An Empirical Investigation of the Lobbying Influence of Large Corporations on Selected FASB Standards

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The Financial Accounting Standards Board is a private sector rule making body. Congressional inquiries have questioned whether the setting of accountin standards should remain in the private sector. Congressional critics have charged that the FASB has been captured by special interests and recommended that a governmental agency assume responsibility for standard setting. Specifically, critics charge that large corporations capture the Big Eight accounting firms who, in turn, have captured the FASB. Previous capture studies have concluded that the standard setting process is pluralistic and that the FASB has not been captured. The studies have focused on the influence of the ... continued below

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vii, 140 leaves : ill.

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Beckman, Ronald J. (Ronald James) May 1988.

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  • Beckman, Ronald J. (Ronald James)

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The Financial Accounting Standards Board is a private sector rule making body. Congressional inquiries have questioned whether the setting of accountin standards should remain in the private sector. Congressional critics have charged that the FASB has been captured by special interests and recommended that a governmental agency assume responsibility for standard setting. Specifically, critics charge that large corporations capture the Big Eight accounting firms who, in turn, have captured the FASB. Previous capture studies have concluded that the standard setting process is pluralistic and that the FASB has not been captured. The studies have focused on the influence of the Big Eight to determine if the FASB has been captured. They assume if standards do not reflect the expressed preferences of the Big Eight, then Congressional criticisms are invalid. The studies also assume a unidirectional influence between participants in the process and have ignored the intensity of preferences of the respondents.The purpose of this study is to provide a theoretical framework to specify selection of standards that would be expected to be subject to capture. This framework also recognizes the duo-directional nature of influence. The allegations of capture were tested using the standards selected in accordance with the theoretical framework. The following hypotheses were tested. HO_1 There is no positive statistically significant relationship between clients' preferences and an accounting firm's support for an outcome. HO_2 There is no positive statistically significant relationship between the preferences of large corporations and standards enacted by the FASB. HO_3 There is no positive statistically significant relationship between the preferences of the Big Eight firms and the standards enacted by the FASB. These hypotheses were tested for each Big Eight accounting firms and for each standard. A logist procedure was employed. The results of the tests, with three exceptions, indicate that any relationships that occurred happened by chance.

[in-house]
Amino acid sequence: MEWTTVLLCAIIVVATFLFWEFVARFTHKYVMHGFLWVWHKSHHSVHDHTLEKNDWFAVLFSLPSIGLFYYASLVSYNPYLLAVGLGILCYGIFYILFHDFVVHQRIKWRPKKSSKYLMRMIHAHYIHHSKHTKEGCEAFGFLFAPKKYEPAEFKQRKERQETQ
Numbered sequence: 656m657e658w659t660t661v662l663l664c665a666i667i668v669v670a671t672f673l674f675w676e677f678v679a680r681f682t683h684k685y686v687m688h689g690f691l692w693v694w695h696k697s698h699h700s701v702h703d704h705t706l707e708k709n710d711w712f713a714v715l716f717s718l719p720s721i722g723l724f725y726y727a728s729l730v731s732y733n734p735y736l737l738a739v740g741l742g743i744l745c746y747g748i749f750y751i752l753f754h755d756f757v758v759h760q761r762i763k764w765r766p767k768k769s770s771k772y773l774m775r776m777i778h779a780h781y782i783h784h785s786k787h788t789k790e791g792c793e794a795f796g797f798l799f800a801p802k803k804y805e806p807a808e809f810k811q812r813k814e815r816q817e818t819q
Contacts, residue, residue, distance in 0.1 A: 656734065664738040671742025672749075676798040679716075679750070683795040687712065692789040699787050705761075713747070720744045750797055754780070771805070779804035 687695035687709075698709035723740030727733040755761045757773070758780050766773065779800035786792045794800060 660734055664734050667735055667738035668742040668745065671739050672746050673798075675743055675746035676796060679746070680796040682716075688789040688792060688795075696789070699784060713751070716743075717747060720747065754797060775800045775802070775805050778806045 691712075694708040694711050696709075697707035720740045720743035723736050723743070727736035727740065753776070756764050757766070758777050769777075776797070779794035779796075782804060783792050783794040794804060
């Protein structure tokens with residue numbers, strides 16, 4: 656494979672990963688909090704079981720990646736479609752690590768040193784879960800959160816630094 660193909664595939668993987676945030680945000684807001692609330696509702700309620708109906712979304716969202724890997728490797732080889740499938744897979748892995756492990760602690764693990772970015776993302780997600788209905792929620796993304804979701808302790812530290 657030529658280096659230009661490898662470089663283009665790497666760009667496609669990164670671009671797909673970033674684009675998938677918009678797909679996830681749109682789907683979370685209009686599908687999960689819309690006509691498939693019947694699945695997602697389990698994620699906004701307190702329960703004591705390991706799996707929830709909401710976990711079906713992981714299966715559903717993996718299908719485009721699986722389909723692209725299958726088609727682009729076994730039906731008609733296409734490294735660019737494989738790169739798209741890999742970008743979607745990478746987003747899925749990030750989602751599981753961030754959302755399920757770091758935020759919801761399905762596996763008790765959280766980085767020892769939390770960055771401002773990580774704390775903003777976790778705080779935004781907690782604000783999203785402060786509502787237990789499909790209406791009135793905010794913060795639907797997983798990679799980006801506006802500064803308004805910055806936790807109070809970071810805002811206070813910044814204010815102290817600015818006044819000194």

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vii, 140 leaves : ill.

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  • May 1988

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  • Aug. 22, 2014, 6 p.m.

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  • Dec. 1, 2015, 10:47 a.m.

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Beckman, Ronald J. (Ronald James). An Empirical Investigation of the Lobbying Influence of Large Corporations on Selected FASB Standards, dissertation, May 1988; Denton, Texas. (digital.library.unt.edu/ark:/67531/metadc331951/: accessed September 26, 2017), University of North Texas Libraries, Digital Library, digital.library.unt.edu; .